Often times we try to find that one example that we can give to our children. Just one! When we find someone that fits the mold and says the same things we say, we think finally!

This is a terrible dynamic. It is bad for the people we venerate because they then feel the stress of keeping a certain reputation, which, as we are seeing, can take a devastating toll. It is bad for the Christian because we end up putting too much trust in that person and so our faith is shattered when it doesn’t go the way we all hoped for and anticipated. So what happens when we’ve taught our kids to compare their lives with a celebrity? I think we can all take a guess. Instead of them looking to something or someone that is life-giving, we’ve given them a model of life that is anything but fulfilling.

It seems that Justin’s mother would agree with some of my earlier sentiment about prayer. I applaud her response. Pattie Mallete, Justin Beiber’s mother, recently stated in The Sun, “the world of showbiz is a dark place, and struggling young celebs need our prayers and not our judgement.” She goes on, “I think so many people go into the entertainment industry with amazing Christian roots and they get influenced somehow. I ask that people keep me and Justin in their minds. I pray for him every day. If Justin’s struggling, don’t kick him when he’s down or condemn him – pray for him.”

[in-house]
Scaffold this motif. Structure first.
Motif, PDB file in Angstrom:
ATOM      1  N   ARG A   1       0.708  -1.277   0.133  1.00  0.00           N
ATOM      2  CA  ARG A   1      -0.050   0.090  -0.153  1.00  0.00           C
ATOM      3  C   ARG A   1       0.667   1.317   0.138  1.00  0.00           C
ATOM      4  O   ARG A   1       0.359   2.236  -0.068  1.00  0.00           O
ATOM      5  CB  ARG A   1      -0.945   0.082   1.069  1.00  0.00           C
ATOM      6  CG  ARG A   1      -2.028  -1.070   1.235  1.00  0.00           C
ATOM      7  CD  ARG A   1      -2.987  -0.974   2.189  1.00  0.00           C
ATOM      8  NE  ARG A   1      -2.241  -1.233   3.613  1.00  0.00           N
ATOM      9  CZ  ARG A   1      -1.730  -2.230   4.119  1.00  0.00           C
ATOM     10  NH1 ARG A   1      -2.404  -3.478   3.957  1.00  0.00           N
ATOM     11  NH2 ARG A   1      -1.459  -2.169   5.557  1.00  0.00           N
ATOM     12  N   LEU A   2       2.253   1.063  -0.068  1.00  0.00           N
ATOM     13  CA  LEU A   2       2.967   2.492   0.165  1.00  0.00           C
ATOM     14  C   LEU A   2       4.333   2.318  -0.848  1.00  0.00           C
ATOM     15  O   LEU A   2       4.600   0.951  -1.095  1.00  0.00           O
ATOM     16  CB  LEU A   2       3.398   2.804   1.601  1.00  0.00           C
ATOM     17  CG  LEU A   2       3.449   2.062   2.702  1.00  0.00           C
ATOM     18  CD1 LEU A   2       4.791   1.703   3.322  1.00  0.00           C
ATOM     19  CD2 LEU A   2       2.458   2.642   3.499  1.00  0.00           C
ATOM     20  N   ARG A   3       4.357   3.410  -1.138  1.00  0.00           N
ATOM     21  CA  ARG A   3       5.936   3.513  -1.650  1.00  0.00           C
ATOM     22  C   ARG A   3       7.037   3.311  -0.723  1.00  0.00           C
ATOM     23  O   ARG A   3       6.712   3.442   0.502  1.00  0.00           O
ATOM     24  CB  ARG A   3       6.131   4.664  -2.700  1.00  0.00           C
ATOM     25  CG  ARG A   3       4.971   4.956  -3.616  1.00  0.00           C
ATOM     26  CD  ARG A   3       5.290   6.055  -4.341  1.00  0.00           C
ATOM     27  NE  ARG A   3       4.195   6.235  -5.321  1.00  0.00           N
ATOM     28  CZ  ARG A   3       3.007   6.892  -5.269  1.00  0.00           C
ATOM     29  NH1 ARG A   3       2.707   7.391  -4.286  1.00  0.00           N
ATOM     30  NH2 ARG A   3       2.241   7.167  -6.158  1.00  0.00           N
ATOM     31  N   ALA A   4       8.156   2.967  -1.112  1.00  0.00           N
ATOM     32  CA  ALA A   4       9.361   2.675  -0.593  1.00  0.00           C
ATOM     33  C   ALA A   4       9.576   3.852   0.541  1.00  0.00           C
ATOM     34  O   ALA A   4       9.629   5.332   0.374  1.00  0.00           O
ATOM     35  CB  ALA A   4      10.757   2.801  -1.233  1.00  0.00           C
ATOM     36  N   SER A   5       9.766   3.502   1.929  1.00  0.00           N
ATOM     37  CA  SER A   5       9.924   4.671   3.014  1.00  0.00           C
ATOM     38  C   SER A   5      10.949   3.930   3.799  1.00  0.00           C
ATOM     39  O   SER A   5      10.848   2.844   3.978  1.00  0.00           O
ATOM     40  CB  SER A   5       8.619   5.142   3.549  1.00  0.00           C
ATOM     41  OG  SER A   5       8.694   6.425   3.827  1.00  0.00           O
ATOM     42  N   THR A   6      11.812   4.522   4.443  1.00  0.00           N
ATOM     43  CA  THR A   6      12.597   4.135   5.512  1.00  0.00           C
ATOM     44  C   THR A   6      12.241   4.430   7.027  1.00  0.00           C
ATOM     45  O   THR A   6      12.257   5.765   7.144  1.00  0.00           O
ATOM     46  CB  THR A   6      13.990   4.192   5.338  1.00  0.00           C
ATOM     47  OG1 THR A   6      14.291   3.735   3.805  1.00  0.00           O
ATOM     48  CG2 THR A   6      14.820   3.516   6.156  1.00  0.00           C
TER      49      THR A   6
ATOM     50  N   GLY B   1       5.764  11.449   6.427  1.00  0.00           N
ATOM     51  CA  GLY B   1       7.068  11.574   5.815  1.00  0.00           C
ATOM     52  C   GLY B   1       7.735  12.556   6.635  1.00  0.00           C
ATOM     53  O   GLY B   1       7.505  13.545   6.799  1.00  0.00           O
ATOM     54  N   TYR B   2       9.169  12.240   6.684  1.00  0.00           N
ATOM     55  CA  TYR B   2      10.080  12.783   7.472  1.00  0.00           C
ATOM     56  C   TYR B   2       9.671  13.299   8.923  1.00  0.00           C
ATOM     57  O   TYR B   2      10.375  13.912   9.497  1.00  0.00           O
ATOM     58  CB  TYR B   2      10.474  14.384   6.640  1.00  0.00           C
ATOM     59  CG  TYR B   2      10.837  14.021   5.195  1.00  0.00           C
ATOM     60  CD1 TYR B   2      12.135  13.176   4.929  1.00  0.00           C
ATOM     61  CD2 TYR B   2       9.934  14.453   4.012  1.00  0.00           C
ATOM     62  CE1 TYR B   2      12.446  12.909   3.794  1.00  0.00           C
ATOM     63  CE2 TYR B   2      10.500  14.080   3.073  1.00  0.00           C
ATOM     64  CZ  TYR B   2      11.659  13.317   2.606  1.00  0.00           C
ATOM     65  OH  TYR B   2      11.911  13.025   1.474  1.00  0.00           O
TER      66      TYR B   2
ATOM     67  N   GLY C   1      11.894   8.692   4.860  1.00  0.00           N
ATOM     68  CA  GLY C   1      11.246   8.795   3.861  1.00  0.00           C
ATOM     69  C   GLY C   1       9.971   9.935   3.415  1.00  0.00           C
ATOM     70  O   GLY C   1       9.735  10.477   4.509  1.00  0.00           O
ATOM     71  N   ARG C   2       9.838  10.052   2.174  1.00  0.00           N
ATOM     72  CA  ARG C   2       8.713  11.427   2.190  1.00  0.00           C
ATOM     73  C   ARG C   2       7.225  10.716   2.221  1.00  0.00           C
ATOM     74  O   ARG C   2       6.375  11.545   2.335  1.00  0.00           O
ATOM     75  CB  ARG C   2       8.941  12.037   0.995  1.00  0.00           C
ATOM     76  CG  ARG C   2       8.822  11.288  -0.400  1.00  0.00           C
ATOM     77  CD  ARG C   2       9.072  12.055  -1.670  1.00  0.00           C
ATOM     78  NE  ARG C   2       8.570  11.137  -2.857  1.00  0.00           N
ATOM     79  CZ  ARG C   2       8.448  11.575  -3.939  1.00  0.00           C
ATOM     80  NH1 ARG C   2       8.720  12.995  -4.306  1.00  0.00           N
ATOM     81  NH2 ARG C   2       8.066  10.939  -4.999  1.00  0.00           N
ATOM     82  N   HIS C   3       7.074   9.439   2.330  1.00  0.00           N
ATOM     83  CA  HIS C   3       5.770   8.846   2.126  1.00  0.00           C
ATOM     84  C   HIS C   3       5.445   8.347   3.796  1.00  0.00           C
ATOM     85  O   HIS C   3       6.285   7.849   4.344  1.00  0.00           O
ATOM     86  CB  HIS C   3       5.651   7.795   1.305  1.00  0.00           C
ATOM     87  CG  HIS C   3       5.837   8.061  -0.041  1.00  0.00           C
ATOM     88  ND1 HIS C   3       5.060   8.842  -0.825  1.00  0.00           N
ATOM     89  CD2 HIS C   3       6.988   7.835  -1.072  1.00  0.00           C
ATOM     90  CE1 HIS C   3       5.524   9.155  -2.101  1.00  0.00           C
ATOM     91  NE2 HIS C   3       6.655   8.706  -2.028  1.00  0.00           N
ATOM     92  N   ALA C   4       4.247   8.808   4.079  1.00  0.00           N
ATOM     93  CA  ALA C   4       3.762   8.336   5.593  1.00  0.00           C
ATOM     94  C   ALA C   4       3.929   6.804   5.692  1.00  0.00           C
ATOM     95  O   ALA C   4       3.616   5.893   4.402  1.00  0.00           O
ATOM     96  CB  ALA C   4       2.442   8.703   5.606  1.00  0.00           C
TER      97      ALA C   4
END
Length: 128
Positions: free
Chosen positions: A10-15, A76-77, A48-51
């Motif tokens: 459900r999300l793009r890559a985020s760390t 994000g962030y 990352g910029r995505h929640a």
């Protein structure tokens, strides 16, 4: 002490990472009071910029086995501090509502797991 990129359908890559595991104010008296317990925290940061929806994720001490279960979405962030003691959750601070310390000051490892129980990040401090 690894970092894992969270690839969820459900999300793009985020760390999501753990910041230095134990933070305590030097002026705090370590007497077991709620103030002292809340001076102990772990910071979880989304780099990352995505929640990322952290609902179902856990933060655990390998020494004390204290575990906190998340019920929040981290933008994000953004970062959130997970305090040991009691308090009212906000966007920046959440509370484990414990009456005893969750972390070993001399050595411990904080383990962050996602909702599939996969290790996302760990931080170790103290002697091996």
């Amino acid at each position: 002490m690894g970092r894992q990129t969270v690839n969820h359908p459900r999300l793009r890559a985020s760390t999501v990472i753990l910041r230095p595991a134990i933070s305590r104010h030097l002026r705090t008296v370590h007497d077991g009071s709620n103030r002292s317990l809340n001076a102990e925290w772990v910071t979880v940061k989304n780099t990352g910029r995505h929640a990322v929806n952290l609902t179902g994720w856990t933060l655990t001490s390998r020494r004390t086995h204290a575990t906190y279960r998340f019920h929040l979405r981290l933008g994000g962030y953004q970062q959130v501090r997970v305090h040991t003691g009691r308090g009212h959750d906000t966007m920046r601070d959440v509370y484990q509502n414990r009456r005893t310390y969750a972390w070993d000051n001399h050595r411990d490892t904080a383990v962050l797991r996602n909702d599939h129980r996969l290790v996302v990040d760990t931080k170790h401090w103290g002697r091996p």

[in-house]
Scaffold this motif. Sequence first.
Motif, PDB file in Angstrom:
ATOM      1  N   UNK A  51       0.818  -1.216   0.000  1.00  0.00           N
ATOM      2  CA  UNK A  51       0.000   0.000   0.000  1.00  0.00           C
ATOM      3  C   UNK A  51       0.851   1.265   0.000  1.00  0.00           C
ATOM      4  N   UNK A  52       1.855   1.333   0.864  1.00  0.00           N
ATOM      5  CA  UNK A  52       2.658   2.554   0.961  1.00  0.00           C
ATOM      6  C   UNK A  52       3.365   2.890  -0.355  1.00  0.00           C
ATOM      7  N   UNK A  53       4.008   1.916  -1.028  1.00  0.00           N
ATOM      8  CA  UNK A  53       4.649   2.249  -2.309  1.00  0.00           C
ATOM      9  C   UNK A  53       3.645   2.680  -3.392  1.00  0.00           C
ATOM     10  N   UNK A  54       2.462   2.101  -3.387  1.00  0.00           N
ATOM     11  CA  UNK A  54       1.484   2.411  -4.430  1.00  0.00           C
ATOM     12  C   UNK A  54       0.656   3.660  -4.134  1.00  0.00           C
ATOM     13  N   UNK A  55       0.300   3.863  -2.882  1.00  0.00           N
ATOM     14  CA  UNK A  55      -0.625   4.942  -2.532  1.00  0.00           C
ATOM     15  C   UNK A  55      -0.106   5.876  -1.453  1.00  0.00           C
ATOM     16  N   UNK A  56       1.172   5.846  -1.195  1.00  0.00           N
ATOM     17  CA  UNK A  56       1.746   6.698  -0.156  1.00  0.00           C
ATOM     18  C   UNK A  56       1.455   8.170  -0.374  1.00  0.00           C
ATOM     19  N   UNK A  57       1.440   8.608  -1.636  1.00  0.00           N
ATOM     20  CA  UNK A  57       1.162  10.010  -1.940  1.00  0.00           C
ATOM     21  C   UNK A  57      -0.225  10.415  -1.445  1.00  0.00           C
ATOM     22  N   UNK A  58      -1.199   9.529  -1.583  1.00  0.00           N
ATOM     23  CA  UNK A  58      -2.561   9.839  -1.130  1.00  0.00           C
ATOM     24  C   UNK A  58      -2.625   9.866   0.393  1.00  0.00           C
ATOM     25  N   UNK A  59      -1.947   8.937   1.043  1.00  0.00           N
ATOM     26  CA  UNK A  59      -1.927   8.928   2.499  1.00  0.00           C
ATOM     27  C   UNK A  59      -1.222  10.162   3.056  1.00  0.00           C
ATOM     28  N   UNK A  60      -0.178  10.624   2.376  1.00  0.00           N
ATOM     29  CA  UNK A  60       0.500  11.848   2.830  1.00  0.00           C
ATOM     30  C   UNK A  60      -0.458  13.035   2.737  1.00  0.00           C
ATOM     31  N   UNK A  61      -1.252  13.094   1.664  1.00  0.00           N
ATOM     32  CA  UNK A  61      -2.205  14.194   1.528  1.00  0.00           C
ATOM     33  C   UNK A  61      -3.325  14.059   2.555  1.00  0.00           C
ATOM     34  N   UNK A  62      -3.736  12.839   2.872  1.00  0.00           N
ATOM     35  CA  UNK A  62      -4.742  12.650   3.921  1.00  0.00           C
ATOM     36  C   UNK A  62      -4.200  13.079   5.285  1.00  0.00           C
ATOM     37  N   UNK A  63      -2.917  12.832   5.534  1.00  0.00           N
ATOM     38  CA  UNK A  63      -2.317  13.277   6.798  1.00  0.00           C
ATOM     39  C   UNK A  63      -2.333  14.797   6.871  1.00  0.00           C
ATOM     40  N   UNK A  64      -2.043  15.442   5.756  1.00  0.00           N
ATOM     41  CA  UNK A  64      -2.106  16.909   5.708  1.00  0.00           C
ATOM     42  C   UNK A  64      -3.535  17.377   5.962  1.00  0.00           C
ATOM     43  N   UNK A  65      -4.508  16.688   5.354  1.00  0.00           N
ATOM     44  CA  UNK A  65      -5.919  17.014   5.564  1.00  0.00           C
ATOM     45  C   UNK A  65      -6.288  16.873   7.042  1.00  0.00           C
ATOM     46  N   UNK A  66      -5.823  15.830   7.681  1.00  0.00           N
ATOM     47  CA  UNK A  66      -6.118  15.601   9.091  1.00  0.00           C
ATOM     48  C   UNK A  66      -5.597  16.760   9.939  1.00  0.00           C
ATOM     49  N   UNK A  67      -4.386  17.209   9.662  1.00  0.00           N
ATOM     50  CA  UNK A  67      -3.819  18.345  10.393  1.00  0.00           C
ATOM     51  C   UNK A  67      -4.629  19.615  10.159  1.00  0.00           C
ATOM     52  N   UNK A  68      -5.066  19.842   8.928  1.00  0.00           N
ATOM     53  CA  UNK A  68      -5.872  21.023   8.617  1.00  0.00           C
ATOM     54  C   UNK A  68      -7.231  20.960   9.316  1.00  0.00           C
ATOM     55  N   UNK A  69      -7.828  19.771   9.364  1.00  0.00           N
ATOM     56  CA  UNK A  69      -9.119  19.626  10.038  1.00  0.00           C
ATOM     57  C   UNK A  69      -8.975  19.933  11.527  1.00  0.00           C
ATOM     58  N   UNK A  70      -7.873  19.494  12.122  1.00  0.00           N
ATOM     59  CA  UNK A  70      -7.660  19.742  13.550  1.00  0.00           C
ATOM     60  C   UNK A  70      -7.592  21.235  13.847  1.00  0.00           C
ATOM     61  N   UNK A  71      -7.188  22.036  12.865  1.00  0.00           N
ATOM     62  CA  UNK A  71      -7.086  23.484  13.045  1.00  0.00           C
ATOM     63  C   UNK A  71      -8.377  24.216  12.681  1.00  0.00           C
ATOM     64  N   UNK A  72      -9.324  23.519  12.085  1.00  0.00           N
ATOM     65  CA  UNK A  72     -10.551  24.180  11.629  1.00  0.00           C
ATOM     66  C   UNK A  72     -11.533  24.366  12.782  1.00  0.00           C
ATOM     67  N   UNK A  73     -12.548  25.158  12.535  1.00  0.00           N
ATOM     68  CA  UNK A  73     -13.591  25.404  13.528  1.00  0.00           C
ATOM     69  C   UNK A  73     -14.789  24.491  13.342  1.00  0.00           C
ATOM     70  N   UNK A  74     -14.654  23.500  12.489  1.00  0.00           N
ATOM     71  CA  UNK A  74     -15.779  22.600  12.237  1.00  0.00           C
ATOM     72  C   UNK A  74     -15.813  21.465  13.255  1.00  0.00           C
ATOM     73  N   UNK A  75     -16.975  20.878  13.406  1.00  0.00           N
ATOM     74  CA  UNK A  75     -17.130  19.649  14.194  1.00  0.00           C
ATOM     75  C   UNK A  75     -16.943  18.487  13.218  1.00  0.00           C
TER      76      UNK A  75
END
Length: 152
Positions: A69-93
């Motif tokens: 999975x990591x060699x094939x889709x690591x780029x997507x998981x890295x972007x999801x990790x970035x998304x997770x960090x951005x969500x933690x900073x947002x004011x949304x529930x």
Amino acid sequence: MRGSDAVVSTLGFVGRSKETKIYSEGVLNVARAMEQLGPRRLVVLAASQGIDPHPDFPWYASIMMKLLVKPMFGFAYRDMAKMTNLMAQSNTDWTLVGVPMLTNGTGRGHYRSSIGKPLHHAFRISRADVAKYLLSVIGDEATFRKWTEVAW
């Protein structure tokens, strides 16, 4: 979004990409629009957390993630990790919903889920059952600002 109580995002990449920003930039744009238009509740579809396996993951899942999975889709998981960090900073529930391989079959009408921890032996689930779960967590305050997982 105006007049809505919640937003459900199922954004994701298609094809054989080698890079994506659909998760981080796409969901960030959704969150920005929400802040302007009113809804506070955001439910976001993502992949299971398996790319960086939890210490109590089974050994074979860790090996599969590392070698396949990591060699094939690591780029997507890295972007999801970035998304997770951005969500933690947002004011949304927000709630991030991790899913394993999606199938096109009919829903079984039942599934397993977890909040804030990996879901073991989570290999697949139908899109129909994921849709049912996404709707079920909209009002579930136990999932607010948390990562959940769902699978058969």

I agree.

I am always careful to avoid pointing out individuals as examples for us to be like. I’ve always believed it is dangerous to create and follow the Christian celebrity or those celebs that seem to have it all together. Who are we teaching our youth to follow?

It would be better served in the future for us not to lift the celebrity above the source of true life, Jesus Christ. Over and over again we read about life in Christ. Yet, we so often put our hope in a model that is only 14, 15 or 16 years old, only to become devastated when they don’t live up to our expectations. How quickly we turn to name calling, condemning remarks, and speaking horrible things that we would have never said just a few months earlier.

It doesn’t have to be that way.

Last week I came across the video below from Craig Ferguson. He talks about why he was not going to joke about another young pop star’s problems. Ferguson, an alcoholic, spoke from the heart about how he was feeling “uncomfortable about making fun of these people” – troubled stars such as Britany Spears. It is an older clip but it reminded me of the current situation with Justin Beiber. And I think I am going to do what I’ve always said I would do and what Justin’s mother says we should do for her son…pray!